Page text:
go to top
Police test facial recognition technology in London. Police test facial recognition technology in London, Dec. 17, 2018 (Photo by Kirsty O’Connor for Press Association via AP Images).

The Troubling Rise of Facial Recognition Technology in Democracies

Thursday, April 23, 2020

The growing prevalence of facial recognition technology in authoritarian countries like Russia and the United Arab Emirates, which use it to monitor activists and suppress dissent, has raised increasing alarm among human rights advocates. Perhaps the most egregious example is in China, where the government has used facial recognition technology to racially profile Uighurs, a predominantly Muslim ethnic minority that is concentrated in Xinjiang province, and forcibly lock them up in internment camps. But authoritarian countries are not alone: This technology is now being harnessed for law enforcement and surveillance purposes in many democracies.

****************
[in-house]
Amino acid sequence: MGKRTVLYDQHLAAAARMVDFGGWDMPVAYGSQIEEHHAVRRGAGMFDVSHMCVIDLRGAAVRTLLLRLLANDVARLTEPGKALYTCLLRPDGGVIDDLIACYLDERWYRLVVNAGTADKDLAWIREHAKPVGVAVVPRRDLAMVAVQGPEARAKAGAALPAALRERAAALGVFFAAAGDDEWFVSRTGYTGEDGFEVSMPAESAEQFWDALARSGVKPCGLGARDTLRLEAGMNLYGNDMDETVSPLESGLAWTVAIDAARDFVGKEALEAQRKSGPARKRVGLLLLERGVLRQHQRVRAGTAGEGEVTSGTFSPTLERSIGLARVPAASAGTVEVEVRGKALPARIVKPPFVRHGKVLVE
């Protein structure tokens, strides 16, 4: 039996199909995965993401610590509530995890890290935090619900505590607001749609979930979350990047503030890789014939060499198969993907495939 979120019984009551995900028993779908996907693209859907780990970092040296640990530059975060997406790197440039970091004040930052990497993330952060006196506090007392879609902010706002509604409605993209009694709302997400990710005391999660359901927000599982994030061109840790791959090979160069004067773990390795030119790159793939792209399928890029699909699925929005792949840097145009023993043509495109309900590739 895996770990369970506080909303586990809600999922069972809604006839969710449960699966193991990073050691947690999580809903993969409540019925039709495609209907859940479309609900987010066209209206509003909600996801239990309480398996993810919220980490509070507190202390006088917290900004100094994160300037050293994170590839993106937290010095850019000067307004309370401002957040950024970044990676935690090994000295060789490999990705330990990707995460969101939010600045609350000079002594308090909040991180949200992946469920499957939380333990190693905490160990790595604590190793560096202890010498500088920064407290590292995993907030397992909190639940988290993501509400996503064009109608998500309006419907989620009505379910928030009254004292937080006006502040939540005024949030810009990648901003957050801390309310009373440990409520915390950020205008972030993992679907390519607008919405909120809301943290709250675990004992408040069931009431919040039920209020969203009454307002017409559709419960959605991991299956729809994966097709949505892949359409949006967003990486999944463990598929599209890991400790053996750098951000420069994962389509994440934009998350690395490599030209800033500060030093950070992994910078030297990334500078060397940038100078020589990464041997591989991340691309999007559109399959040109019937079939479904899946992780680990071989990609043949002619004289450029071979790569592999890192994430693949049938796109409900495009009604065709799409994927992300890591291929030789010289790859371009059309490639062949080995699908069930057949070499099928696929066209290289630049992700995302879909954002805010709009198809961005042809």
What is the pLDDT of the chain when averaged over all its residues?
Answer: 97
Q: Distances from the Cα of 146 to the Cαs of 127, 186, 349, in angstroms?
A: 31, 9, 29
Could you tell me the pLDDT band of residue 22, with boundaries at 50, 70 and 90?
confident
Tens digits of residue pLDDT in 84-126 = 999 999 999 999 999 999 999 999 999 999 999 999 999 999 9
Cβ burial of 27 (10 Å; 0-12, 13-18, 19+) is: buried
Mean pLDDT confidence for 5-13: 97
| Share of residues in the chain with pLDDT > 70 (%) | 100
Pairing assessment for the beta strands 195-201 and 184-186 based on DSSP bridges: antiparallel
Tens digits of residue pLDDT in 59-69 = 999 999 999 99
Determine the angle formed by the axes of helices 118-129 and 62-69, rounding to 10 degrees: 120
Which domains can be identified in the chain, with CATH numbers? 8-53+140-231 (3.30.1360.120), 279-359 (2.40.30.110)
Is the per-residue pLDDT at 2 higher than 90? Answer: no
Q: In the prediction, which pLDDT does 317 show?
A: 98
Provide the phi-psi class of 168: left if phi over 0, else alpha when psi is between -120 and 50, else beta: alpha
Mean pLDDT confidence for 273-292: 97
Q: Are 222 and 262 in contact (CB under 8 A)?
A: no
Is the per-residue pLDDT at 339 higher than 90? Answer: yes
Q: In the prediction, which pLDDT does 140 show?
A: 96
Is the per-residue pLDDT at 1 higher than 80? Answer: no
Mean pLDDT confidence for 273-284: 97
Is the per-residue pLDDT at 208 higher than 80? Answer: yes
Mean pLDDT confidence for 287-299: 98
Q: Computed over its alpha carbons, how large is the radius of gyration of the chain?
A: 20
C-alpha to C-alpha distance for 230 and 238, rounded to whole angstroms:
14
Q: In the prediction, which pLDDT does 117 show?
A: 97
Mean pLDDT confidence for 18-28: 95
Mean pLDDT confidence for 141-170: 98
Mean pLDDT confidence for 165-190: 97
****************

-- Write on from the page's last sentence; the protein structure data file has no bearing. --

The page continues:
Last month, for example, India’s government announced it had used facial recognition to identify over 1,000 people who participated in deadly anti-Muslim riots in New Delhi in February. “This is a software. It does not see faith. It does not see clothes. It only sees the face and through the face the person is caught,” said the Indian home minister, Amit Shah. Meanwhile, in the United States, the American Civil Liberties Union recently sued the Department of Homeland Security over its secretive use of facial recognition at airports. ...

To read more,

enter your email address then choose one of the three options below.

Subscribe to World Politics Review and you'll receive instant access to 10,000+ articles in the World Politics Review Library, along with new comprehensive analysis every weekday . . . written by leading topic experts.